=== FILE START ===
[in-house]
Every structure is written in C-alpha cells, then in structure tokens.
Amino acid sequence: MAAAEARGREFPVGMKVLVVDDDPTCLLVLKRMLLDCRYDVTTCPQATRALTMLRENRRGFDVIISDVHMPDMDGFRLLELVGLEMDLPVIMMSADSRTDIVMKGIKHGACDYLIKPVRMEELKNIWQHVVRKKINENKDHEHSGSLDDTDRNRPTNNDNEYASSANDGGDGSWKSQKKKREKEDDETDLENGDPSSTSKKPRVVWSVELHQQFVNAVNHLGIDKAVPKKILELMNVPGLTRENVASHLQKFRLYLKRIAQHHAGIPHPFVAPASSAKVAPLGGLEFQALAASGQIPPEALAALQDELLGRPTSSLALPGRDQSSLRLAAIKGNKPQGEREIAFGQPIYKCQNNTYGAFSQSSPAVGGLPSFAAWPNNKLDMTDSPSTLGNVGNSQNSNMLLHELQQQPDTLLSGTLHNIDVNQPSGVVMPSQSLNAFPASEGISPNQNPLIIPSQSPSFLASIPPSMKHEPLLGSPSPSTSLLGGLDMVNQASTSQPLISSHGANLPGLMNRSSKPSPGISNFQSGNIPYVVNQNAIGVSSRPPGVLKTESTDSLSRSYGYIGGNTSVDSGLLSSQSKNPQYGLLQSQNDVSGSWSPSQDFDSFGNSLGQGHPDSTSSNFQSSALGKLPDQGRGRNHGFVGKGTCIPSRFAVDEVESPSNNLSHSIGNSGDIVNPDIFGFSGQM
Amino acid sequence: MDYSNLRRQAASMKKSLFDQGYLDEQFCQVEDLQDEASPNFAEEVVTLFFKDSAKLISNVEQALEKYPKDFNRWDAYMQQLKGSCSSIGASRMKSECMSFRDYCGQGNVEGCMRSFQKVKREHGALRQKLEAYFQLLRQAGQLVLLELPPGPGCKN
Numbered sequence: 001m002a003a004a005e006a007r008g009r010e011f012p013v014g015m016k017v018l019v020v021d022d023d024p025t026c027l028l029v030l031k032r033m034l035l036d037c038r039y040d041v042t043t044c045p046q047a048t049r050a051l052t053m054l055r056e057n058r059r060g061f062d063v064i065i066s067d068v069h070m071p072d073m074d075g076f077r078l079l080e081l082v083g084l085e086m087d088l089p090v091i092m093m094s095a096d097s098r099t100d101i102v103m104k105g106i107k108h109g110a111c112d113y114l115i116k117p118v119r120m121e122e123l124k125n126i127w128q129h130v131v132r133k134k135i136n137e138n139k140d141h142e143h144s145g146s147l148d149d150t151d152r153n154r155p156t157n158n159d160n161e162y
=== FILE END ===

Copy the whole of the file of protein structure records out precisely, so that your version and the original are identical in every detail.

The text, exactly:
[in-house]
Every structure is written in C-alpha cells, then in structure tokens.
Amino acid sequence: MAAAEARGREFPVGMKVLVVDDDPTCLLVLKRMLLDCRYDVTTCPQATRALTMLRENRRGFDVIISDVHMPDMDGFRLLELVGLEMDLPVIMMSADSRTDIVMKGIKHGACDYLIKPVRMEELKNIWQHVVRKKINENKDHEHSGSLDDTDRNRPTNNDNEYASSANDGGDGSWKSQKKKREKEDDETDLENGDPSSTSKKPRVVWSVELHQQFVNAVNHLGIDKAVPKKILELMNVPGLTRENVASHLQKFRLYLKRIAQHHAGIPHPFVAPASSAKVAPLGGLEFQALAASGQIPPEALAALQDELLGRPTSSLALPGRDQSSLRLAAIKGNKPQGEREIAFGQPIYKCQNNTYGAFSQSSPAVGGLPSFAAWPNNKLDMTDSPSTLGNVGNSQNSNMLLHELQQQPDTLLSGTLHNIDVNQPSGVVMPSQSLNAFPASEGISPNQNPLIIPSQSPSFLASIPPSMKHEPLLGSPSPSTSLLGGLDMVNQASTSQPLISSHGANLPGLMNRSSKPSPGISNFQSGNIPYVVNQNAIGVSSRPPGVLKTESTDSLSRSYGYIGGNTSVDSGLLSSQSKNPQYGLLQSQNDVSGSWSPSQDFDSFGNSLGQGHPDSTSSNFQSSALGKLPDQGRGRNHGFVGKGTCIPSRFAVDEVESPSNNLSHSIGNSGDIVNPDIFGFSGQM
Amino acid sequence: MDYSNLRRQAASMKKSLFDQGYLDEQFCQVEDLQDEASPNFAEEVVTLFFKDSAKLISNVEQALEKYPKDFNRWDAYMQQLKGSCSSIGASRMKSECMSFRDYCGQGNVEGCMRSFQKVKREHGALRQKLEAYFQLLRQAGQLVLLELPPGPGCKN
Numbered sequence: 001m002a003a004a005e006a007r008g009r010e011f012p013v014g015m016k017v018l019v020v021d022d023d024p025t026c027l028l029v030l031k032r033m034l035l036d037c038r039y040d041v042t043t044c045p046q047a048t049r050a051l052t053m054l055r056e057n058r059r060g061f062d063v064i065i066s067d068v069h070m071p072d073m074d075g076f077r078l079l080e081l082v083g084l085e086m087d088l089p090v091i092m093m094s095a096d097s098r099t100d101i102v103m104k105g106i107k108h109g110a111c112d113y114l115i116k117p118v119r120m121e122e123l124k125n126i127w128q129h130v131v132r133k134k135i136n137e138n139k140d141h142e143h144s145g146s147l148d149d150t151d152r153n154r155p156t157n158n159d160n161e162y